Freezing in Trauma and PTSD

The Freeze Response is one of the hallmarks of trauma and PTSD.

This response evolved as a means of survival in a predatory world. The following video demonstrates the survival benefits of the freeze response in nature.


In a traumatic event, the brain signals the body to flee. This is the first response that takes the least amount of energy and offers the greatest chance of survival. But if that isn’t possible, the brain tells the body to defend itself and fight, which requires more energy than fleeing. If neither flight nor fight are successful and the danger still looms, the brain arrests all movement in the body with the freeze in which the body stiffens and/or collapses. In the video, the deer is frozen and appears dead.

The freeze bestows several benefits in nature. Many predators won’t touch dead prey. Some predators will leave the prey and return later, which gives the prey a chance to escape. Chemicals that suppress pain are also released into the body that allows animals to ignore its injuries and run away if the opportunity presents itself.

We humans have the same responses hardwired into our nervous systems too. But we have left the eat-and-be-eaten life of the animal kingdom far behind us, and these responses no longer help us survive trauma and PTSD–except, perhaps, in combat.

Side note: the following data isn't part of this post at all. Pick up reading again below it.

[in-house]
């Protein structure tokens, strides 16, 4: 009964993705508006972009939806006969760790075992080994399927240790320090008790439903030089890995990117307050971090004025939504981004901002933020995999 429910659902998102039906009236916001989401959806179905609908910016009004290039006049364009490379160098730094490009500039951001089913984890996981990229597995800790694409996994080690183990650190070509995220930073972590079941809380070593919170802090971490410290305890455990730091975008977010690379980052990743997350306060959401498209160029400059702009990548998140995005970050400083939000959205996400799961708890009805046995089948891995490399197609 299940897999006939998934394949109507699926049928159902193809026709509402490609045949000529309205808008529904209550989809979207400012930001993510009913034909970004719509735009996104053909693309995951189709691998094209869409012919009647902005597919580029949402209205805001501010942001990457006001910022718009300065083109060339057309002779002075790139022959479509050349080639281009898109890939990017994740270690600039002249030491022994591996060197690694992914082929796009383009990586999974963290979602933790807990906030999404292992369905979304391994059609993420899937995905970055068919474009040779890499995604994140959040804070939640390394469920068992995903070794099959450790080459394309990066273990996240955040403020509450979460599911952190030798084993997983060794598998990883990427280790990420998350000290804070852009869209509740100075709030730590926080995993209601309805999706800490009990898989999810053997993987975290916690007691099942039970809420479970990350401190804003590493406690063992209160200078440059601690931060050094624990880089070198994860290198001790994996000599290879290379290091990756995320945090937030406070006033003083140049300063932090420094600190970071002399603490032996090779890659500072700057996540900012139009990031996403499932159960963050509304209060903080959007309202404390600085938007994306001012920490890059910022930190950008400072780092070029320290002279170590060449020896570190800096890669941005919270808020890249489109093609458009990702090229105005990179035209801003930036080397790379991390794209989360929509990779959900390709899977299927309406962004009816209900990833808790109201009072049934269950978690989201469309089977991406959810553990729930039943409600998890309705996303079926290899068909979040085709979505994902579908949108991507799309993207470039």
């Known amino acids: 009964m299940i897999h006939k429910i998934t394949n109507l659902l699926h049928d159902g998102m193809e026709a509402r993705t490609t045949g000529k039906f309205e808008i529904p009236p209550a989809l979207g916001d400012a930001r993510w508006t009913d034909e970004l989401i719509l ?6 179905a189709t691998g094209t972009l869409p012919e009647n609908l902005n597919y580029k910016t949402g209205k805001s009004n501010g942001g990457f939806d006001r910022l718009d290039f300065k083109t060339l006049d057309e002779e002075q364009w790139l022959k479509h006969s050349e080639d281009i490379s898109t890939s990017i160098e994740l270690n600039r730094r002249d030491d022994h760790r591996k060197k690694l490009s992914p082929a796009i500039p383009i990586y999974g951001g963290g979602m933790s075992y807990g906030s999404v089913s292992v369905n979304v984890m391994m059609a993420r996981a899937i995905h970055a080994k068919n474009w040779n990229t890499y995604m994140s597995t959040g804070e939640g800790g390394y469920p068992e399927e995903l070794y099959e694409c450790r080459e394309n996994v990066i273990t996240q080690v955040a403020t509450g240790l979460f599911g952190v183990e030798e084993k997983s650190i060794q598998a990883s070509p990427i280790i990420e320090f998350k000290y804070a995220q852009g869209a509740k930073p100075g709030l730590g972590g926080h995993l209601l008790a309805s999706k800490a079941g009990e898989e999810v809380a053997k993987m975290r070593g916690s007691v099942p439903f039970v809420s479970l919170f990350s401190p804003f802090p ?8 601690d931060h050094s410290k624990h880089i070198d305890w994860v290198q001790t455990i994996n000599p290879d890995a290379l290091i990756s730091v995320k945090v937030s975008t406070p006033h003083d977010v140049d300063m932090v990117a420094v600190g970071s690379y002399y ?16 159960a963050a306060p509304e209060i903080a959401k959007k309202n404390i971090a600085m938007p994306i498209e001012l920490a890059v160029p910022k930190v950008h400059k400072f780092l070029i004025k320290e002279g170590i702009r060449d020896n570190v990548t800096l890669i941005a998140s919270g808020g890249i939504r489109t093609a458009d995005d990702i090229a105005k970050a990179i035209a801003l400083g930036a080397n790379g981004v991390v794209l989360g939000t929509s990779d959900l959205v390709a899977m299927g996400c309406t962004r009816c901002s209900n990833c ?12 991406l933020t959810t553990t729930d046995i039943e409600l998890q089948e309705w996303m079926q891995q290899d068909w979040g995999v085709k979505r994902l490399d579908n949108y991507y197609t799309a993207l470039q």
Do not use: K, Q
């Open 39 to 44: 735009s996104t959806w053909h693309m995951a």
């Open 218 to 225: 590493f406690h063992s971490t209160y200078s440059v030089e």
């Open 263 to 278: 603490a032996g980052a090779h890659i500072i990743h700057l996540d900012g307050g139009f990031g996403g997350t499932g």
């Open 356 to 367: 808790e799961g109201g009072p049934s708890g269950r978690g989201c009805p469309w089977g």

Like animals, we also have the innate capability to discharge the effects of the freeze. But man’s neocortex suppresses the body’s natural ability to discharge and tries to handle the trauma by trying to think it away or “handle” it. This doesn’t work, and the freeze continues to express itself long after the trauma is over, expressing itself in many ways such as fatigue, dissociation, paralyzing fear, listlessness, or a constant tightening of the muscles.

The good news is that this ability can be recovered and the freeze and its effects released. Somatic Experiencing and Brainspotting are perhaps the best therapies for this. We, too, can get up again and escape the jaws of trauma and PTSD.

To find out more about how to release the effects of the freeze, contact me.

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2 Responses to Freezing in Trauma and PTSD

  1. L. Kessler says:

    There are many reasons to avoid seeking help that people with trauma and/or PTSD will use. Meanwhile, their lives and the lives of their families crumble. You can push away help with a variety of good reasons and justifications, or you can seek help and end the suffering. What happens if you don’t get help? You’ll go on as you are and get worse. But what could happen if you did seek help?

  2. Diane Naletich says:

    As the founder of Help A Vet Now, I highly recommend Larry’s work in this field. It’s critical now that we support our Vets who are suffering, especially to prevent homelessness.

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